Built by Bristol in the United Kingdom. RAF serial number JM135. Delivered to RAAF on July 2, 1943 to 1 AD. Assigned to 31 Squadron on September 11, 1943.
On October 3, 1943 crash landed wheels-up alongside
the runway at Drysdale Airfield
returning from a mission to Timor. Afterwards, repaired by 14 ARD and returned to 31 Squadron on December 4, 1943.
On December 16, 1943 took off piloted by S/L "Butch" Gordon on a mission to strafe barges next to a frighter off Lautem Timor, then engaged several Ki-45 Nicks shooting down one and claiming another damaged.
On January 3, 1944, this Beaufighter suffered a tail wheel collapse on landing and the pilot retracted the wheels to avoid hitting parked aircraft. Sent to 4 RSU for repair on January 14, 1944 but was instead converted to components and abandoned at Drysdale Airfield.
The center fuselage remained in good condition in situ until the
Stan Gajda adds:
"Both airframes had no corrosion,
all interiors were stripped but stringers, frames etc were looking
quite good and everything
was still heavily painted. The exteriors were white by the look of
it with the RAAF roundels having a thin yellow border all around. The airframes
both had the cockpit and tail assembly sections removed as well as
the outer wing panels. I found the wreckage trail of one of these planes
were undercart doors and one outer wing a bit crumpled up and a lot
of other parts."
During 1981, salvagers Robert Greinert and
Dennis Baxter recovered this airframe, plus Beaufighter
A19-148 and transported
them 6,000 mile round trip to their home in Sydney.
Robert Greinert adds:
"In the early 80’s a decision was made by a group within HARS to recover and return to Sydney a pair of very corroded and incomplete Bristol Beaufighters [A19-144 and A19-148] in Western Australia. The saga of this recovery would fill a book but needless to say we succeeded, despite the determined efforts of others, and today we have a Mk21 Beaufighter under rebuild for the HARS flying collection.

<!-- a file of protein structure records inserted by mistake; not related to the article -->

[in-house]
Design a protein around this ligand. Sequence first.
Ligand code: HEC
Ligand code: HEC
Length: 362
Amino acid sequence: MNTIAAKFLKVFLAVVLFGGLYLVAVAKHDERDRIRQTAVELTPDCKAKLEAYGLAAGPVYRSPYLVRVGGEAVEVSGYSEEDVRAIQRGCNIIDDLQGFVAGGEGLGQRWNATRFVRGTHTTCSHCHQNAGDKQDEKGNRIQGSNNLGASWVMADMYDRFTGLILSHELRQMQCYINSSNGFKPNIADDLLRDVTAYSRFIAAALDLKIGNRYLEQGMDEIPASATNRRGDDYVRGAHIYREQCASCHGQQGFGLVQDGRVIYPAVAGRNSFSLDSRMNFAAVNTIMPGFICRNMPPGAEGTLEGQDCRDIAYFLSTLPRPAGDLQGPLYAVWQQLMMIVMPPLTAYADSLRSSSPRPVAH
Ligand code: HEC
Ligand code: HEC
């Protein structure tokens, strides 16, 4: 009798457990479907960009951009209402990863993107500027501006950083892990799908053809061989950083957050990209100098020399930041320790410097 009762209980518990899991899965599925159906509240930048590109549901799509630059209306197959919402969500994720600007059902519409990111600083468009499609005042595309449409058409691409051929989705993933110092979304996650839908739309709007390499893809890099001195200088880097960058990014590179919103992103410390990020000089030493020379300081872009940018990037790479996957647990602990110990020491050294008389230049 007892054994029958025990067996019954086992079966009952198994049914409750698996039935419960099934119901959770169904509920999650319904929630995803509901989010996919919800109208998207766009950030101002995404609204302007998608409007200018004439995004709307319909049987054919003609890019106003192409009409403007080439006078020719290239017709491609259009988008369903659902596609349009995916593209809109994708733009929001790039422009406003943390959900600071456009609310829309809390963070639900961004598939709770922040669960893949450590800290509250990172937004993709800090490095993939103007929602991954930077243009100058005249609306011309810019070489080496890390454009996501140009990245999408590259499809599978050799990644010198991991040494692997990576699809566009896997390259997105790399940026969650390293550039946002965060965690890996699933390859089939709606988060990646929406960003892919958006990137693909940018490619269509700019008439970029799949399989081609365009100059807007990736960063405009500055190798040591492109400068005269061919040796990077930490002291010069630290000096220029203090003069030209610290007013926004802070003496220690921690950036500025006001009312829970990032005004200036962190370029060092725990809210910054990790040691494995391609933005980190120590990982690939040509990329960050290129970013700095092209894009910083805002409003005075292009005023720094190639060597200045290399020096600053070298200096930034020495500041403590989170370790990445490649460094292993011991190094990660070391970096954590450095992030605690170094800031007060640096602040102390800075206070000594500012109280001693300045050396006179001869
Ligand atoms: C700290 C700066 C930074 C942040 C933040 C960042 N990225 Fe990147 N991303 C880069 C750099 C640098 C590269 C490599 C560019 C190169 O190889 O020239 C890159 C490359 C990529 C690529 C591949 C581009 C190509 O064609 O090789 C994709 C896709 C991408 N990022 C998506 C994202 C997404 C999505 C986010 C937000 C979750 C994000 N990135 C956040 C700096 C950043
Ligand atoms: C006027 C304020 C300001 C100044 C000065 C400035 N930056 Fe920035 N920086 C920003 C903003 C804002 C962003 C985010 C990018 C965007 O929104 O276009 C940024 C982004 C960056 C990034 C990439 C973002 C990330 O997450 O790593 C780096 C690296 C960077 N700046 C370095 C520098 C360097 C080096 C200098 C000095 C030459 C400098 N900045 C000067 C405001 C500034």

The recovery of the Beaufighters caused a national stir. The press ran articles of “stolen RAAF aircraft” and alike. We weathered the storm, created by people who suffered more from “tall poppy syndrome” and jealousy than pragmatism. They were the two best known aircraft wrecks in the country. Every one knew they were there and no one did anything about it.
The RAAF could have landed a Hercules on the airstrip where they sat and flown them out. They did nothing. The Aboriginal elders at Kalambaru were so impressed with our passion and our sense of history that they gave us the aircraft. Only after we removed the aircraft did those, who had done nothing, complain about our act of preservation."
Stan Gajda adds:
"In 1988, I saw the
best wing/center section set up in a jig at Bankstown
Airport a few years after the salvage. The construction
was a combination of steel box trusses and alloy sheeting
and sections. Although the rivets were still ok the Australian
FAA insisted on total replacement with aluminum alloy
Robert Greinert reports:
"In the early 1990s a package of Beaufighter parts was acquired by the Fighter
Collection It was a mixed bag of British and Australian built stuff. Some parts
from Drysdale were included and they hung an identity on this. The
majority of the recovered airframes went to RAAF
Museum Point Cook a couple of
years ago in a deal. Of the three and half Beaufighters
I have assembled into projects over the years the Drysdale stuff
was the worst. I still retain a Beaufighter
project and look forward to the day when we can get back into it."
Acquired by The Fighter Collection and is currently being restored. Parts of this fuselage plus Beaufighter A19-148 and pieces from the tail
section of Beaufighter
A19-36 are also being used.
ADF Serials - Beaufighter A19-144
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January 1, 2014